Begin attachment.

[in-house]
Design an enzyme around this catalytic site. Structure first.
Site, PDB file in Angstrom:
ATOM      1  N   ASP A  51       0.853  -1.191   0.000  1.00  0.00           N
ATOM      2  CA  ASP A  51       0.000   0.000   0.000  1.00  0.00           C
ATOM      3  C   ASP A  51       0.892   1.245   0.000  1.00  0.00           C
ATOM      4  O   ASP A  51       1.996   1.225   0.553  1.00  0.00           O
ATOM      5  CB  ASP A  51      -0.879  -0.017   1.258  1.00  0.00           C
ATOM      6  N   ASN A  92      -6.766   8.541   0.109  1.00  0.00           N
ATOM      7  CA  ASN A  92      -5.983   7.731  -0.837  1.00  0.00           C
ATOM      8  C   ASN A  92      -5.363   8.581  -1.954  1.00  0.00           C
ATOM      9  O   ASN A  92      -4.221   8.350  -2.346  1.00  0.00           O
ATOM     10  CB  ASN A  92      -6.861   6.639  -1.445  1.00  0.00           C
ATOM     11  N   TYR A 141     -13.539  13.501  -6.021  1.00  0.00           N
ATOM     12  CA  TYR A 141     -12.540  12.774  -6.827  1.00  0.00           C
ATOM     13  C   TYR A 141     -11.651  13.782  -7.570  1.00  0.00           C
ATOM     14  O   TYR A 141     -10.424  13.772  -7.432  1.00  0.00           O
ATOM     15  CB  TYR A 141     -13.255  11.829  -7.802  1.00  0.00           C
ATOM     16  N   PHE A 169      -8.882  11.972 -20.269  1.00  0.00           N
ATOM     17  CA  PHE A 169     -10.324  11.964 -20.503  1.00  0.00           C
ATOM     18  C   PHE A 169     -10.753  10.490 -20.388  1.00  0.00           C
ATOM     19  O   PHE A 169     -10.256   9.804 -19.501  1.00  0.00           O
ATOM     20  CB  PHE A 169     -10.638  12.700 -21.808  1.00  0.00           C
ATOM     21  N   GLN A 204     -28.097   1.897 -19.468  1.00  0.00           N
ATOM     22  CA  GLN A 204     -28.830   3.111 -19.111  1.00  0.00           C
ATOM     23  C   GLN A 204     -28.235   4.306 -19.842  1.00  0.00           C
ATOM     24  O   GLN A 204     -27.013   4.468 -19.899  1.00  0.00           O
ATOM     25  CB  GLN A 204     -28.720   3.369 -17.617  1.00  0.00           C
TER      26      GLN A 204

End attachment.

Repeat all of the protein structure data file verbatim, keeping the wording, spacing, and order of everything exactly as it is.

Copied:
[in-house]
Design an enzyme around this catalytic site. Structure first.
Site, PDB file in Angstrom:
ATOM      1  N   ASP A  51       0.853  -1.191   0.000  1.00  0.00           N
ATOM      2  CA  ASP A  51       0.000   0.000   0.000  1.00  0.00           C
ATOM      3  C   ASP A  51       0.892   1.245   0.000  1.00  0.00           C
ATOM      4  O   ASP A  51       1.996   1.225   0.553  1.00  0.00           O
ATOM      5  CB  ASP A  51      -0.879  -0.017   1.258  1.00  0.00           C
ATOM      6  N   ASN A  92      -6.766   8.541   0.109  1.00  0.00           N
ATOM      7  CA  ASN A  92      -5.983   7.731  -0.837  1.00  0.00           C
ATOM      8  C   ASN A  92      -5.363   8.581  -1.954  1.00  0.00           C
ATOM      9  O   ASN A  92      -4.221   8.350  -2.346  1.00  0.00           O
ATOM     10  CB  ASN A  92      -6.861   6.639  -1.445  1.00  0.00           C
ATOM     11  N   TYR A 141     -13.539  13.501  -6.021  1.00  0.00           N
ATOM     12  CA  TYR A 141     -12.540  12.774  -6.827  1.00  0.00           C
ATOM     13  C   TYR A 141     -11.651  13.782  -7.570  1.00  0.00           C
ATOM     14  O   TYR A 141     -10.424  13.772  -7.432  1.00  0.00           O
ATOM     15  CB  TYR A 141     -13.255  11.829  -7.802  1.00  0.00           C
ATOM     16  N   PHE A 169      -8.882  11.972 -20.269  1.00  0.00           N
ATOM     17  CA  PHE A 169     -10.324  11.964 -20.503  1.00  0.00           C
ATOM     18  C   PHE A 169     -10.753  10.490 -20.388  1.00  0.00           C
ATOM     19  O   PHE A 169     -10.256   9.804 -19.501  1.00  0.00           O
ATOM     20  CB  PHE A 169     -10.638  12.700 -21.808  1.00  0.00           C
ATOM     21  N   GLN A 204     -28.097   1.897 -19.468  1.00  0.00           N
ATOM     22  CA  GLN A 204     -28.830   3.111 -19.111  1.00  0.00           C
ATOM     23  C   GLN A 204     -28.235   4.306 -19.842  1.00  0.00           C
ATOM     24  O   GLN A 204     -27.013   4.468 -19.899  1.00  0.00           O
ATOM     25  CB  GLN A 204     -28.720   3.369 -17.617  1.00  0.00           C
TER      26      GLN A 204